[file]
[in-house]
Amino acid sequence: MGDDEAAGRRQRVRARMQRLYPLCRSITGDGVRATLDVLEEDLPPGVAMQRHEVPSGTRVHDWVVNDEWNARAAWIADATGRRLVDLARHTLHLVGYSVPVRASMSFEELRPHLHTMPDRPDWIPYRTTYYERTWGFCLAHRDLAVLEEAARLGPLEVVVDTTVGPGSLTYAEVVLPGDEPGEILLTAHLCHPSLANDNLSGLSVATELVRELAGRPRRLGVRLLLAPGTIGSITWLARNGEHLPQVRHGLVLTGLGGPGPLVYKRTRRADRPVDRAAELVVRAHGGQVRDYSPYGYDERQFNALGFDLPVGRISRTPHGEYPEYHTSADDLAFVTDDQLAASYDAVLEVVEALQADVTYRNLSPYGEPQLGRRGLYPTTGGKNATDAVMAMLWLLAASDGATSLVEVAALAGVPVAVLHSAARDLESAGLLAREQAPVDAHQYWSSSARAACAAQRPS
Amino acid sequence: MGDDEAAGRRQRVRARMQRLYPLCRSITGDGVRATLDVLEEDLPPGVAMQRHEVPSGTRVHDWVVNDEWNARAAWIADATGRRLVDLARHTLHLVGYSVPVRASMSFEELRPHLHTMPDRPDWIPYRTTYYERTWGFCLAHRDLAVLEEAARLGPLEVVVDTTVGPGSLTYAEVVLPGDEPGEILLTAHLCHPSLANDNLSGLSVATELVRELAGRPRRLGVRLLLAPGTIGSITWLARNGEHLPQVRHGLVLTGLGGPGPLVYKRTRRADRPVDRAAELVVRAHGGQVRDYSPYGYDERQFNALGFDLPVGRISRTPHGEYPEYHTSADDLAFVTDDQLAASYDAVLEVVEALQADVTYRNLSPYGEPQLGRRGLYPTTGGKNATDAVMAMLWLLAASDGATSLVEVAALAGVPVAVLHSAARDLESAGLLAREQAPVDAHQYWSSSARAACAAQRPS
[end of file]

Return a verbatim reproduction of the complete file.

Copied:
[in-house]
Amino acid sequence: MGDDEAAGRRQRVRARMQRLYPLCRSITGDGVRATLDVLEEDLPPGVAMQRHEVPSGTRVHDWVVNDEWNARAAWIADATGRRLVDLARHTLHLVGYSVPVRASMSFEELRPHLHTMPDRPDWIPYRTTYYERTWGFCLAHRDLAVLEEAARLGPLEVVVDTTVGPGSLTYAEVVLPGDEPGEILLTAHLCHPSLANDNLSGLSVATELVRELAGRPRRLGVRLLLAPGTIGSITWLARNGEHLPQVRHGLVLTGLGGPGPLVYKRTRRADRPVDRAAELVVRAHGGQVRDYSPYGYDERQFNALGFDLPVGRISRTPHGEYPEYHTSADDLAFVTDDQLAASYDAVLEVVEALQADVTYRNLSPYGEPQLGRRGLYPTTGGKNATDAVMAMLWLLAASDGATSLVEVAALAGVPVAVLHSAARDLESAGLLAREQAPVDAHQYWSSSARAACAAQRPS
Amino acid sequence: MGDDEAAGRRQRVRARMQRLYPLCRSITGDGVRATLDVLEEDLPPGVAMQRHEVPSGTRVHDWVVNDEWNARAAWIADATGRRLVDLARHTLHLVGYSVPVRASMSFEELRPHLHTMPDRPDWIPYRTTYYERTWGFCLAHRDLAVLEEAARLGPLEVVVDTTVGPGSLTYAEVVLPGDEPGEILLTAHLCHPSLANDNLSGLSVATELVRELAGRPRRLGVRLLLAPGTIGSITWLARNGEHLPQVRHGLVLTGLGGPGPLVYKRTRRADRPVDRAAELVVRAHGGQVRDYSPYGYDERQFNALGFDLPVGRISRTPHGEYPEYHTSADDLAFVTDDQLAASYDAVLEVVEALQADVTYRNLSPYGEPQLGRRGLYPTTGGKNATDAVMAMLWLLAASDGATSLVEVAALAGVPVAVLHSAARDLESAGLLAREQAPVDAHQYWSSSARAACAAQRPS